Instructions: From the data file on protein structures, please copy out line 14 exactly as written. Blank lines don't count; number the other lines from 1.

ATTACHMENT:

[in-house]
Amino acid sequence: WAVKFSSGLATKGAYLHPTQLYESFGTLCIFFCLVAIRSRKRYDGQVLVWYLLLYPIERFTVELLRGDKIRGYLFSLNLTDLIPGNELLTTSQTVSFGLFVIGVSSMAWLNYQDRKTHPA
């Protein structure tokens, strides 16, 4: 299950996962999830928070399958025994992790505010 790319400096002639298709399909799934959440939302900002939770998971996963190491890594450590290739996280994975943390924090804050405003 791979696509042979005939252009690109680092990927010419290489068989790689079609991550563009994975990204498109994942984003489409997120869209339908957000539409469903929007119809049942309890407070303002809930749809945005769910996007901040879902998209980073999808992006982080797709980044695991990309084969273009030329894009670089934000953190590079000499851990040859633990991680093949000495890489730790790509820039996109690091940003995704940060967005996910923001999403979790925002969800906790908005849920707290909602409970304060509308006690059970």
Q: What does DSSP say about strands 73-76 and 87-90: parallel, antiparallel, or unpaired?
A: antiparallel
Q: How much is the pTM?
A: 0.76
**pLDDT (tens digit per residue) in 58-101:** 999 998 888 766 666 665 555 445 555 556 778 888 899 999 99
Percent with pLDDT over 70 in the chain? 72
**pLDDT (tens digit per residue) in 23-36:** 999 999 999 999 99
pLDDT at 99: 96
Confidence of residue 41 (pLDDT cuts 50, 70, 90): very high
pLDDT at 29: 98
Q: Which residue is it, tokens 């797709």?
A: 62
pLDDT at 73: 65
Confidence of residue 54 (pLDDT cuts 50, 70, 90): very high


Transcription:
Q: Which residue is it, tokens 């797709």?